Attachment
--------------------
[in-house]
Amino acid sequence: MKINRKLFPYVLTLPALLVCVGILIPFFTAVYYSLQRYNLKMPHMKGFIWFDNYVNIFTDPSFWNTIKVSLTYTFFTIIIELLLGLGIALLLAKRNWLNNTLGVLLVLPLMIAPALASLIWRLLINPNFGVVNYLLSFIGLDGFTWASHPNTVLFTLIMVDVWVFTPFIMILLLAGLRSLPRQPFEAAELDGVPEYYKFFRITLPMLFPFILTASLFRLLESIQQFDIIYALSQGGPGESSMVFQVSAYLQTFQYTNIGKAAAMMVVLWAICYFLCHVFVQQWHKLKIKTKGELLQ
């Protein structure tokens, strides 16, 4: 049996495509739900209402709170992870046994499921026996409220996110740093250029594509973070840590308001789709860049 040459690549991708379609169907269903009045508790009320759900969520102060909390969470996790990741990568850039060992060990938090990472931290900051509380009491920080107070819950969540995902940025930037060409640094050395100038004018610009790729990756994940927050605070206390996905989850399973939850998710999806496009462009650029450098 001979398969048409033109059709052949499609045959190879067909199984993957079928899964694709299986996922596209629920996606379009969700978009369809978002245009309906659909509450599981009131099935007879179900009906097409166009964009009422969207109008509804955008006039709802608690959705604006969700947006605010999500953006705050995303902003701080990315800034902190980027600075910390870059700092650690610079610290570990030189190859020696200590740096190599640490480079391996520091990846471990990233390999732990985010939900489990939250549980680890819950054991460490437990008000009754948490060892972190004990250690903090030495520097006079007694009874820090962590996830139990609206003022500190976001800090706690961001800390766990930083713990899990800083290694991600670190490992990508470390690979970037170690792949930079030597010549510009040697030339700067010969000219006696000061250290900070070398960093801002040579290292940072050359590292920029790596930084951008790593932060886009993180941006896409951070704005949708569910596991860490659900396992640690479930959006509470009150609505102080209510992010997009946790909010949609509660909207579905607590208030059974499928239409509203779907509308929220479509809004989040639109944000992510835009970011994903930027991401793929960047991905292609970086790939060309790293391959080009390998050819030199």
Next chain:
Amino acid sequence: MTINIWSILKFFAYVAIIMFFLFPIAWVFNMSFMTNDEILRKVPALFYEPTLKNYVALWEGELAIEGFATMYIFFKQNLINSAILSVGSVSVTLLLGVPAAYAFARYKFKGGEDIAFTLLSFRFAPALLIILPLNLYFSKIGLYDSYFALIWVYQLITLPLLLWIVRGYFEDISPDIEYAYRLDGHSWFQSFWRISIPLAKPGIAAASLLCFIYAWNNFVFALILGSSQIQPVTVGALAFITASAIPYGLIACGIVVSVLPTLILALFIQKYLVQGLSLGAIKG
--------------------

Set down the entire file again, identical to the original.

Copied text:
[in-house]
Amino acid sequence: MKINRKLFPYVLTLPALLVCVGILIPFFTAVYYSLQRYNLKMPHMKGFIWFDNYVNIFTDPSFWNTIKVSLTYTFFTIIIELLLGLGIALLLAKRNWLNNTLGVLLVLPLMIAPALASLIWRLLINPNFGVVNYLLSFIGLDGFTWASHPNTVLFTLIMVDVWVFTPFIMILLLAGLRSLPRQPFEAAELDGVPEYYKFFRITLPMLFPFILTASLFRLLESIQQFDIIYALSQGGPGESSMVFQVSAYLQTFQYTNIGKAAAMMVVLWAICYFLCHVFVQQWHKLKIKTKGELLQ
């Protein structure tokens, strides 16, 4: 049996495509739900209402709170992870046994499921026996409220996110740093250029594509973070840590308001789709860049 040459690549991708379609169907269903009045508790009320759900969520102060909390969470996790990741990568850039060992060990938090990472931290900051509380009491920080107070819950969540995902940025930037060409640094050395100038004018610009790729990756994940927050605070206390996905989850399973939850998710999806496009462009650029450098 001979398969048409033109059709052949499609045959190879067909199984993957079928899964694709299986996922596209629920996606379009969700978009369809978002245009309906659909509450599981009131099935007879179900009906097409166009964009009422969207109008509804955008006039709802608690959705604006969700947006605010999500953006705050995303902003701080990315800034902190980027600075910390870059700092650690610079610290570990030189190859020696200590740096190599640490480079391996520091990846471990990233390999732990985010939900489990939250549980680890819950054991460490437990008000009754948490060892972190004990250690903090030495520097006079007694009874820090962590996830139990609206003022500190976001800090706690961001800390766990930083713990899990800083290694991600670190490992990508470390690979970037170690792949930079030597010549510009040697030339700067010969000219006696000061250290900070070398960093801002040579290292940072050359590292920029790596930084951008790593932060886009993180941006896409951070704005949708569910596991860490659900396992640690479930959006509470009150609505102080209510992010997009946790909010949609509660909207579905607590208030059974499928239409509203779907509308929220479509809004989040639109944000992510835009970011994903930027991401793929960047991905292609970086790939060309790293391959080009390998050819030199």
Next chain:
Amino acid sequence: MTINIWSILKFFAYVAIIMFFLFPIAWVFNMSFMTNDEILRKVPALFYEPTLKNYVALWEGELAIEGFATMYIFFKQNLINSAILSVGSVSVTLLLGVPAAYAFARYKFKGGEDIAFTLLSFRFAPALLIILPLNLYFSKIGLYDSYFALIWVYQLITLPLLLWIVRGYFEDISPDIEYAYRLDGHSWFQSFWRISIPLAKPGIAAASLLCFIYAWNNFVFALILGSSQIQPVTVGALAFITASAIPYGLIACGIVVSVLPTLILALFIQKYLVQGLSLGAIKG